You will learn the frustration you feel when he is destroying your kid’s toys or eating food he’s not supposed to or barking when you wish he wouldn’t, fades quickly. That snuggling has now taken on a whole new meaning called: all over you, all the time, no matter what. And now you make it a point to never appear to do ANYTHING that could look like you’d be hitting him because seeing him duck his head out of fear hurts. You will also learn when he’s sticking his big head out your car window to expect 1 of 2 responses – a dirty look or a smile and nod. You learn you’ll smile in both cases.
Nobody tells you your heart will change. But it does. You judge less. You care more. You learn how to accept life a heck of a lot better than before. You learn how to forgive and how to let go and how to live in the moment.
They should have told me I was going to learn how to love better. That loving this Pit Bull was going to change my whole life. And that he would make us so so happy!
But chances are I wouldn’t have believed them anyhow. I guess it was something I had to learn on my own, with this guy.
Misunderstood dogs face uphill battle to change public perception By Rose Frosek | Photographed by Bethany Obrecht From Modern Dog Magazine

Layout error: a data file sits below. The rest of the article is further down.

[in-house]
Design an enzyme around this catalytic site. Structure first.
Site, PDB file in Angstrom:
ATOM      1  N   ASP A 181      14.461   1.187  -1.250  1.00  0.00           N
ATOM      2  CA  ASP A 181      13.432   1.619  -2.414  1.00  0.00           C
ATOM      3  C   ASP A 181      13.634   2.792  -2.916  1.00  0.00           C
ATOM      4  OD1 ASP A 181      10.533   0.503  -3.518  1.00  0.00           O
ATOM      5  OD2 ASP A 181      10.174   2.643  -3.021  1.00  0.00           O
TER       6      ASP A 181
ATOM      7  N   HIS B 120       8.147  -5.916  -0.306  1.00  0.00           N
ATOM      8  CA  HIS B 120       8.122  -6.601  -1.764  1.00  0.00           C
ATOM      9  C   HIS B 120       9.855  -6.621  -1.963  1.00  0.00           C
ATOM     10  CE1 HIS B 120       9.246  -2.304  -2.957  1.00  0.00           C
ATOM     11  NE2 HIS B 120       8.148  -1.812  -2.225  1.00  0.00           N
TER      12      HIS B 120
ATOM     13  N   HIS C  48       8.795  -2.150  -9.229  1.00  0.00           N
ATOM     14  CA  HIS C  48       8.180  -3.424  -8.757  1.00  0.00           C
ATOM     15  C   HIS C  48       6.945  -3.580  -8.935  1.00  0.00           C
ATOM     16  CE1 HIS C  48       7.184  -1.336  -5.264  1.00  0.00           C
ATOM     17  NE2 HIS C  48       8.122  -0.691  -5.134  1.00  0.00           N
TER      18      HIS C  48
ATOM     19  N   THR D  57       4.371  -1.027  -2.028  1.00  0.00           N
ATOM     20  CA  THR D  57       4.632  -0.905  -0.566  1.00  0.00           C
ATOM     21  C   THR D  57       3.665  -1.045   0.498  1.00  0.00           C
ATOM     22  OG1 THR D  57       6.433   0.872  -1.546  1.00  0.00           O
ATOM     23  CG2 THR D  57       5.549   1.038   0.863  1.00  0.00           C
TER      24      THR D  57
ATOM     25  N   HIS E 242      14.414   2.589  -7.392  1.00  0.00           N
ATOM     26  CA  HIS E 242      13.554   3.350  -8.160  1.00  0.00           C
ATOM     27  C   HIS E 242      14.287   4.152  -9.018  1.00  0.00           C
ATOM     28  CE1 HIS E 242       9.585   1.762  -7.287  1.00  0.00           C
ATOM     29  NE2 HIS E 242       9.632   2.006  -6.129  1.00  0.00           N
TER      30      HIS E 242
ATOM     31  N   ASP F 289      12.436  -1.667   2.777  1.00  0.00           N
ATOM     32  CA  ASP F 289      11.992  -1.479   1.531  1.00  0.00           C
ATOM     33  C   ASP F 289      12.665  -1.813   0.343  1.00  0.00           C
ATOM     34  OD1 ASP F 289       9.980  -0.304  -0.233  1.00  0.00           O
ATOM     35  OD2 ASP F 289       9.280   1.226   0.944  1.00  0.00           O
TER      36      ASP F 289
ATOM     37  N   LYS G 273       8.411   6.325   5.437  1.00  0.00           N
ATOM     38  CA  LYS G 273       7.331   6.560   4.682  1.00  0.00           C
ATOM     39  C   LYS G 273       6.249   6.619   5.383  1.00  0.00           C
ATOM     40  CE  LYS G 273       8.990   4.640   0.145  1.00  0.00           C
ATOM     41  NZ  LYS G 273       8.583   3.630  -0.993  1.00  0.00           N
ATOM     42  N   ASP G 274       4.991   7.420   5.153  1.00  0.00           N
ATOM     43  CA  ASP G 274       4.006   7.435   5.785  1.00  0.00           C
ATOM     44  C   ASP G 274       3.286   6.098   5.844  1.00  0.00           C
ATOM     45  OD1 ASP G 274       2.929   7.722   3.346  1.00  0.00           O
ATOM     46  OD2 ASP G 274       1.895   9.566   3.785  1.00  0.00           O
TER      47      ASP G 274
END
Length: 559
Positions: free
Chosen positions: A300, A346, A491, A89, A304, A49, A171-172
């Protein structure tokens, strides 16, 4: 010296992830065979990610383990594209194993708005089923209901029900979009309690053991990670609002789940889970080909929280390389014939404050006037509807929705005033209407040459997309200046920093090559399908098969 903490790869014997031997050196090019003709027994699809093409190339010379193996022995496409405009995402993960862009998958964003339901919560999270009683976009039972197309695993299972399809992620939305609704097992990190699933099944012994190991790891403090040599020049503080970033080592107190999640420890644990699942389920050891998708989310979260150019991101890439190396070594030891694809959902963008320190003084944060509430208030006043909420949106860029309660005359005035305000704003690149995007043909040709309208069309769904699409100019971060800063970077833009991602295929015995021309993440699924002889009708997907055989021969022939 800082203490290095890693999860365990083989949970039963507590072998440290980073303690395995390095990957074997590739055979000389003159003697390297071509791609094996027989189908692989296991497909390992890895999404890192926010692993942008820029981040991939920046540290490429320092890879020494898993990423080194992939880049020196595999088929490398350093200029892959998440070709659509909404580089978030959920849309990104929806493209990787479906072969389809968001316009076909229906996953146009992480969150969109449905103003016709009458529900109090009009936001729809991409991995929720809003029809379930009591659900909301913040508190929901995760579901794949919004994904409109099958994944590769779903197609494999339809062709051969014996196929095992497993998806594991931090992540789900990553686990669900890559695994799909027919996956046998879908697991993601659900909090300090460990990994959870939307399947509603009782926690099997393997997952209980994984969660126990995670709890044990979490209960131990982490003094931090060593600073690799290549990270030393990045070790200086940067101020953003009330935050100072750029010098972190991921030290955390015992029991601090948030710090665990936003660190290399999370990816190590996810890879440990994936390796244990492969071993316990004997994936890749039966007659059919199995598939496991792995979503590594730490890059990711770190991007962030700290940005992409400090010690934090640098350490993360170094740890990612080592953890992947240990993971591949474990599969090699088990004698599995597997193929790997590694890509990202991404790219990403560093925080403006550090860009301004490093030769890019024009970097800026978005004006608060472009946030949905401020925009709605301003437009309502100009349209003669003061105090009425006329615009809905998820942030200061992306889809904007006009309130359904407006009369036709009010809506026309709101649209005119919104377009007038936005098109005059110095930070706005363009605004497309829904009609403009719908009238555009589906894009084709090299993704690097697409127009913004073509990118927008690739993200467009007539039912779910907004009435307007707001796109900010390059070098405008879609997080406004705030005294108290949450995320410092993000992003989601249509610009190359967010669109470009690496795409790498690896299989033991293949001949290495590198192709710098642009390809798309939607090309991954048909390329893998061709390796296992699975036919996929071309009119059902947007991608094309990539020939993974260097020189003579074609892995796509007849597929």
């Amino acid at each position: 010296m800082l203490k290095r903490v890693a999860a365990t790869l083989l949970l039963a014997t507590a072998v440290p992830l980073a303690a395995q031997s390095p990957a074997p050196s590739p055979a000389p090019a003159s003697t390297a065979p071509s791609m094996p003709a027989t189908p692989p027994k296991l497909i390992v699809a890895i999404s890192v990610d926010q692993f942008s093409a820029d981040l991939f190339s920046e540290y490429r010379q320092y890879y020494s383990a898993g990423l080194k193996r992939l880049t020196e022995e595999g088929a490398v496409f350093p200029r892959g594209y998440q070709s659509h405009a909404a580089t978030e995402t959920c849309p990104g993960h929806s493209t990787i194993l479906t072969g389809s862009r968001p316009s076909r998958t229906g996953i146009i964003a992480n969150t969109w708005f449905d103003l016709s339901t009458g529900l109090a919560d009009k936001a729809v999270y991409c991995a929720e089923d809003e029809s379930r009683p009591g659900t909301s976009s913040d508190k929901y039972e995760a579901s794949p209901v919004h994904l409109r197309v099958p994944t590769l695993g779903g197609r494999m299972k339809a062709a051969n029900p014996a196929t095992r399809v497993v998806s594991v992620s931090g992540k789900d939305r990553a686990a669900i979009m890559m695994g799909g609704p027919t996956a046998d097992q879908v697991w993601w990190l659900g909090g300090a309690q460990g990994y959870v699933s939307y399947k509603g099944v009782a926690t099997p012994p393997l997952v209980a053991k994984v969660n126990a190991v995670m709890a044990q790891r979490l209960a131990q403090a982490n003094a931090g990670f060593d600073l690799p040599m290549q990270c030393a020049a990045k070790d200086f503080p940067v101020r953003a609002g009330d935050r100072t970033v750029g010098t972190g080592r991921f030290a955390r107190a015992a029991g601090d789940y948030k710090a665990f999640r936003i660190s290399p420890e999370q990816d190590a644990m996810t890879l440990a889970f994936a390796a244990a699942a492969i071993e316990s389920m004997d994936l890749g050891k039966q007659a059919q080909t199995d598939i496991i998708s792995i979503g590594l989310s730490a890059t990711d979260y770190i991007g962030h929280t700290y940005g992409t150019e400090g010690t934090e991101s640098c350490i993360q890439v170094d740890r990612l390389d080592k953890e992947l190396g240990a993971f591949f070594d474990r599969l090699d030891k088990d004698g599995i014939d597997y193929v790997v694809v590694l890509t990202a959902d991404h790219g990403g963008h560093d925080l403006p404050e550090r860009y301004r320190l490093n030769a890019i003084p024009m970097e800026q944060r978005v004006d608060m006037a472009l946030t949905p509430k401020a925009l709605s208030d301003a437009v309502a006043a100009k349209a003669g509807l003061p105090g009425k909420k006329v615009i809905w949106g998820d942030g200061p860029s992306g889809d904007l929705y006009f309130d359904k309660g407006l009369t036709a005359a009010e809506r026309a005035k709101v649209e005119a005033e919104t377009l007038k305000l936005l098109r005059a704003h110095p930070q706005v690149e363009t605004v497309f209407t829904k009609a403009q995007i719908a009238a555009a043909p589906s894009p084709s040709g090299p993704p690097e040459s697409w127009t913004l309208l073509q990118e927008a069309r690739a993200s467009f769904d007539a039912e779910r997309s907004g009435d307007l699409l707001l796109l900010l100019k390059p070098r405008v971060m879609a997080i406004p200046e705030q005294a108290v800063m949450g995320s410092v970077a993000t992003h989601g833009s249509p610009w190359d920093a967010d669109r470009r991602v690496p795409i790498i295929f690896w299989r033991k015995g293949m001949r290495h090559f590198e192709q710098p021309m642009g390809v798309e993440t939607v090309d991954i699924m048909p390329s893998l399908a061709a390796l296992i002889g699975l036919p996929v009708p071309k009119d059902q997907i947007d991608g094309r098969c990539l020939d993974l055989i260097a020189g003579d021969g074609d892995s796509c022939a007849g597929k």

Pit Bull. Two simple words, but so very charged, the reaction to which varies wildly. There are their fearful detractors, those who would have them demonized, having fallen prey to the dogs’ misrepresentation in the media. And then there are their champions, who are struggling to change the tide of public opinion. “Pit Bull” is, in fact, a loose term for many distinct “bully” breed dogs, such as the American Staffordshire Terrier, the American Pit Bull Terrier, and the Staffordshire Bull Terrier. There is a general misunderstanding of the nature of dogs that fall into the Pit Bull camp, one that can be blamed largely on the sad fact that any aggressive attack is often inaccurately blamed on the scapegoated Pit Bull with little concern as to the offender’s actual breed. According to testing by The National Canine Temperament Testing Association, the Golden Retriever, Poodle, Border Collie, English Setter, and numerous other breeds are considered more likely to become aggressive than the breeds commonly referred to as Pit Bulls. While the average score of the 231 breeds tested was a mere 82.4 percent, Pit Bulls scored a 86.5 percent (the higher the score the better).